Verdict: A fantastic concept and creative team cannot overcome the foundational character problems inherent in Rough Night. Skip the theater, catch this one on Netflix.
The Good: An excellent ensemble performance highlights rarely touched on topics in mainstream comedies
Rough Night is one of those unfortunate cases where the marketing and concept kill the movie long before it hits the screen. Even from the trailers, the comparisons to The Hangover and Very Bad Things is unavoidable. A group of friends goes to a place known for fun to either a. reconnect or b. escape their stressed/boring lives or c. both, and end up in an increasingly intense series of comedically dark shenanigans. Rinse and repeat.
But putting Rough Night up against these other films does it an injustice. A comedy film with these same beats, but consisting of an entirely women led cast, and directed and written by a woman, is unique. It explores ideas that its predecessors did not: friendships between women of various class, race, and power status, bisexuality, and same-sex relationships.
And the cast really is everything in this movie. It is both its savior and its failing (more on that in a second). Individually, Scarlett Johansson, Jillian Bell, Zöe Kravitz, Ilana Glazer, and Kate McKinnon are all very talented. As a group, they are tour de force. What stood out most was their dynamic. The relationships and dialogue are complex, rather than falling into the stereotypes often perpetuated in films about women made by men. It is a refreshing change of pace for a big-name summer comedy.
The Bad: Disappointingly shallow individual characters mar the impressive cast dynamic
Unfortunately, that dynamic is hindered by the individual characters, in what ended up being a confusing paradox. As a whole, their dynamic was great. On their own, each character ends up inconsistent at best and shallowly one-note at worst.
Johansson plays a too-wrapped-up-in-work character who is worried about her image given her political campaign. That worry comes and goes seemingly at random throughout the film, and she is jarringly removed from most of the third act. She is a character to which things happen, rather than acting on a set of clear wants and needs.
Jillian Bell plays the exact same character from Fist Fight, Office Christmas Party, The Night Before, and 22 Jump Street. She is the loud, socially buffoonish friend, this time with some welcome deeper motivations. Unfortunately, it’s not enough to get past the familiarity of Bell’s type casting.
McKinnon’s role suffers from a similar problem. Her character is undeniably one of the funniest parts of the movie, to the point of detriment. She once again plays an over-the-top, eccentrically bug-eyed character, who has fantastic bits. Within the larger cast dynamic and story, those bits, by and large, don’t make any sense. McKinnon’s character is a brief distraction from most sequences, rather than an organically funny part of the story.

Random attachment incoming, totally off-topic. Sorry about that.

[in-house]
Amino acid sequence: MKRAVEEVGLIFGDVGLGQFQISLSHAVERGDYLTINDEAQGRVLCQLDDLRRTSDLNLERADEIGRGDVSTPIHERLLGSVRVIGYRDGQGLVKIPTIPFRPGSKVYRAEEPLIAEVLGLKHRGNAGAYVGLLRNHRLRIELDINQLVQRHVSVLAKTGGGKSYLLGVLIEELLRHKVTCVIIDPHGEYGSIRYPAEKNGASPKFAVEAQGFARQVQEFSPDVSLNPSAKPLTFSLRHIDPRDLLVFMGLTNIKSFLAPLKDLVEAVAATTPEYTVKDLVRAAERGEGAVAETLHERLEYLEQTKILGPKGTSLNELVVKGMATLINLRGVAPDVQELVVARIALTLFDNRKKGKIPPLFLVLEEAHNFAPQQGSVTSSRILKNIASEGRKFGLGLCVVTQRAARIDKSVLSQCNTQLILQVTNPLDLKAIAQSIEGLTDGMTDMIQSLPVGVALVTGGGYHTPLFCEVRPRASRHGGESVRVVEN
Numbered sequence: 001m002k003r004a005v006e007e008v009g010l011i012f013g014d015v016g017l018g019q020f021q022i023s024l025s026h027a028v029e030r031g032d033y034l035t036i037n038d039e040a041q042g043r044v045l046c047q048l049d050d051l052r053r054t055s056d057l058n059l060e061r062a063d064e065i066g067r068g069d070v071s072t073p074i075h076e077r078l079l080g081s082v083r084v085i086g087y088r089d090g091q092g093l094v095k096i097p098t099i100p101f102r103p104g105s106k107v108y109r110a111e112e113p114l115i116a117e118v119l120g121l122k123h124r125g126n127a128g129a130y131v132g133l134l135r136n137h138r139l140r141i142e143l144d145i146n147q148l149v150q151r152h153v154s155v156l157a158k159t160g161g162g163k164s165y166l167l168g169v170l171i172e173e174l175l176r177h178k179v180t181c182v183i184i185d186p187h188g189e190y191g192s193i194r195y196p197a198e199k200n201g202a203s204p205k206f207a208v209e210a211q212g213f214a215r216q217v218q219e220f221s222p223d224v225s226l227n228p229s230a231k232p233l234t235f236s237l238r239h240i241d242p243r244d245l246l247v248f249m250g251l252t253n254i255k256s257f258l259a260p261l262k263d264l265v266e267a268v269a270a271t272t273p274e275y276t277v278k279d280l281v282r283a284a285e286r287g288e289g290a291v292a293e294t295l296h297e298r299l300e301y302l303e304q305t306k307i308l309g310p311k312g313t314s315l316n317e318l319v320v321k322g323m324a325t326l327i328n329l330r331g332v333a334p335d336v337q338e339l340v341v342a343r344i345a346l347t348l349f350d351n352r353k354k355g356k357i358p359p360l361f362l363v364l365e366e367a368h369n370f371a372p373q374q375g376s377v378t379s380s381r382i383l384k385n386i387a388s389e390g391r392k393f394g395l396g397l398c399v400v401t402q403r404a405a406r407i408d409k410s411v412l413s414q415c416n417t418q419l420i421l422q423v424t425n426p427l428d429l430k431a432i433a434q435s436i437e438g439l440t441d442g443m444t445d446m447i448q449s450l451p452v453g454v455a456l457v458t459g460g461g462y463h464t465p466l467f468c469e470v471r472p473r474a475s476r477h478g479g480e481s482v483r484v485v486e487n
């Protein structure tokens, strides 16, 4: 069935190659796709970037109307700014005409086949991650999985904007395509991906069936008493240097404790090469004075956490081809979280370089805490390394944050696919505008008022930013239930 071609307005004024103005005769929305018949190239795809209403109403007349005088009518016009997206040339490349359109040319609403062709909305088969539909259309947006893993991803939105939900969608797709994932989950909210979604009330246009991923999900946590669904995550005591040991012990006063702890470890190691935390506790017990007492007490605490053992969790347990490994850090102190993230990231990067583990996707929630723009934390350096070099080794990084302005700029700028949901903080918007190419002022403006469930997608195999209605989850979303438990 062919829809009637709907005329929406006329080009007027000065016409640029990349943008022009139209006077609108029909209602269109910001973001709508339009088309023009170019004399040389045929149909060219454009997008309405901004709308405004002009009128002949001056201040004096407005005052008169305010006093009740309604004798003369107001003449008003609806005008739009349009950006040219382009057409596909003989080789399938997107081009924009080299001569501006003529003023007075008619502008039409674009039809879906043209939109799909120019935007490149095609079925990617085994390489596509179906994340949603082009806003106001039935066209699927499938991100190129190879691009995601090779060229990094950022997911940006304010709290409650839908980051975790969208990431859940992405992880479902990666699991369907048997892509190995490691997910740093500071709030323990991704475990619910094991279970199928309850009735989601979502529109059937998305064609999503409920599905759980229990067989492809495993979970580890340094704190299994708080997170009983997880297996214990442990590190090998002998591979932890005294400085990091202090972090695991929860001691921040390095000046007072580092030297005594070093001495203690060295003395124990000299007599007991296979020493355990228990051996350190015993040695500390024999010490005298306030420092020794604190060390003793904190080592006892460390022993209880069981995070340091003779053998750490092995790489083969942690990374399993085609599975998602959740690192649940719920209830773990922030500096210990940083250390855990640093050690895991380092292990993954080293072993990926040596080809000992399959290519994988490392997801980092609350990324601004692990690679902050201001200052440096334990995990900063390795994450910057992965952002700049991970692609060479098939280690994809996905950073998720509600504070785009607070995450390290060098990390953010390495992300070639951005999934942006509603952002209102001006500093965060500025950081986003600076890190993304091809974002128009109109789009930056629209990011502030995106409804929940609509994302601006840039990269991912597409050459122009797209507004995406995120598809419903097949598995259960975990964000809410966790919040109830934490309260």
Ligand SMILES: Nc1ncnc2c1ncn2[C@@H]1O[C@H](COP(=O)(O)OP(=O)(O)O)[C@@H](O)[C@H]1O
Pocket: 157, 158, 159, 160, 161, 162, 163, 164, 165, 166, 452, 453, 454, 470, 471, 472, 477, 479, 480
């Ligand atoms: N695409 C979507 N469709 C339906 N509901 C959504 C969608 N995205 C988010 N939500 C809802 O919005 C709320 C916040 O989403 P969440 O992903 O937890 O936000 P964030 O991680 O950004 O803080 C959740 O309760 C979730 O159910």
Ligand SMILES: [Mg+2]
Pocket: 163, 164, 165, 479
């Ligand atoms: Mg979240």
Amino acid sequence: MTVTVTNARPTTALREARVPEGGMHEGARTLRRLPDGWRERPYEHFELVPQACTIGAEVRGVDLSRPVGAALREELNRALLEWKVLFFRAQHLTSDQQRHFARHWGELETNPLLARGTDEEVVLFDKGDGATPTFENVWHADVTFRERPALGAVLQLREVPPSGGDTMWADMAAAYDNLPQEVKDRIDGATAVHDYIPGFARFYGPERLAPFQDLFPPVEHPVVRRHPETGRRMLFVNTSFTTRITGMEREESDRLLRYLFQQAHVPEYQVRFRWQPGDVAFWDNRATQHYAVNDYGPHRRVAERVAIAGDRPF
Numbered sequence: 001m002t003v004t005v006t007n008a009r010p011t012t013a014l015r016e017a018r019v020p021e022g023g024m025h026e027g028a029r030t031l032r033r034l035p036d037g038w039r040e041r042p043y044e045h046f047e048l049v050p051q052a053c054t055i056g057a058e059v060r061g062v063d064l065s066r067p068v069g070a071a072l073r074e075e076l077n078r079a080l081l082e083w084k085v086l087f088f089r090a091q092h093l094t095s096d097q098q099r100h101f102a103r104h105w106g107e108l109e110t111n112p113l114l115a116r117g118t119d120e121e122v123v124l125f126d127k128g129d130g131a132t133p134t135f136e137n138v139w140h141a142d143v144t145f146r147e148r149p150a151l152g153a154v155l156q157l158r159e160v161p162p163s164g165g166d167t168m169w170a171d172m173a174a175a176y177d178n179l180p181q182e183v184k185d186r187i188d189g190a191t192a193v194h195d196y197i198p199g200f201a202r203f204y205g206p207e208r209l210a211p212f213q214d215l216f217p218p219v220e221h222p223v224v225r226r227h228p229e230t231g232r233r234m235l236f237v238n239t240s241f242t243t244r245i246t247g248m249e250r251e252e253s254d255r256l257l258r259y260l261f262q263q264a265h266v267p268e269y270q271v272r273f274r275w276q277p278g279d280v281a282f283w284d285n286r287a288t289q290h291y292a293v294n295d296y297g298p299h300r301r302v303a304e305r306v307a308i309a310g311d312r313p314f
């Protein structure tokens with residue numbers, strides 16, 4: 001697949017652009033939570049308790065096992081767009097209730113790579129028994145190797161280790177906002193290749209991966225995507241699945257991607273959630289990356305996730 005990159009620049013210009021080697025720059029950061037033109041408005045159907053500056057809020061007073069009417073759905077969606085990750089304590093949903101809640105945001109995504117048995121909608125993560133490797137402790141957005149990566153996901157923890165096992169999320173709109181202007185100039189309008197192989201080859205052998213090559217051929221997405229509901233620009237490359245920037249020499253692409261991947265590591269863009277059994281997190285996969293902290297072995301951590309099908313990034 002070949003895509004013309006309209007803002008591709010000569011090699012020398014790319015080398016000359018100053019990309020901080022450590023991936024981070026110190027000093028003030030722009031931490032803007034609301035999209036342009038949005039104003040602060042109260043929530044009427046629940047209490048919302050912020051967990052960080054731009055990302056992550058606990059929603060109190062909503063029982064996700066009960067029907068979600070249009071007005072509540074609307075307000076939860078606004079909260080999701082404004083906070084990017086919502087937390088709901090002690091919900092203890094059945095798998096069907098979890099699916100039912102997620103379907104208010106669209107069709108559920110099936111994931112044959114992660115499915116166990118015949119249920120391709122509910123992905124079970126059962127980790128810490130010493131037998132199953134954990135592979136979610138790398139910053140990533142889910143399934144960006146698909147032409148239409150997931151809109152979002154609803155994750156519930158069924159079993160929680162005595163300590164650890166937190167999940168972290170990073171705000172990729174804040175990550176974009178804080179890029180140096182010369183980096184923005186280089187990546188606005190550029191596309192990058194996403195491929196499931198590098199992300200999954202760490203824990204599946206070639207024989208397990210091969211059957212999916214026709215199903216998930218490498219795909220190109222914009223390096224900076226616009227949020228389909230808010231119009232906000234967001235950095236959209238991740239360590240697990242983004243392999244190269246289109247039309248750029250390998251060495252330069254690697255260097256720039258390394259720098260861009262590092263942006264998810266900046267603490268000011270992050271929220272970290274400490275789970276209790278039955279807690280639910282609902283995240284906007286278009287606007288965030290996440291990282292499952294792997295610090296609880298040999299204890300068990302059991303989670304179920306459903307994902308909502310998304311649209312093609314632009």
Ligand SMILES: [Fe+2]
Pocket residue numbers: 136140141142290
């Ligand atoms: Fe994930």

Kravitz manages to avoid many of these problems, though her character is still blemished by jarring and unclear motivations. Glazer, her narrative partner, does not. While their relationship is both nuanced and interesting, Glazer’s individual trait is “millennial.” And it doesn’t come off as legitimate, but rather the butt of the joke; Glazer is the trying-too-hard activist, for the other characters, particularly Kravitz, to comment on.
The rest of the film is fine, living or dying on the good or bad discussed prior. In the end, it’s an alright comedy that could have been much, much more.
The Ugly: Really not a lot. Also, Colton Haynes is an honest to goodness delight
There is undoubtedly some problematic components in this film, probably centered Kravitz as the sole black woman, or as the bisexual character, both of which might be commented on too much, or not enough. I am absolutely not the person to take that apart, but there are some well-done think pieces by women of color that do a better job than I. What *can* be said is Colton Haynes needs to be cast in more things, ASAP. Arrow showed his surprising dramatic skills, while Rough Night highlights a wonderful comedic side. Hollywood: put Haynes and Kravitz in a road trip movie, and you’ve got at least one guaranteed fan.
Synopsis: “A bachelorette party gets progressively more out of control for four reunited college pals when their drug-fueled good time suddenly includes a dead male stripper.” – Fandango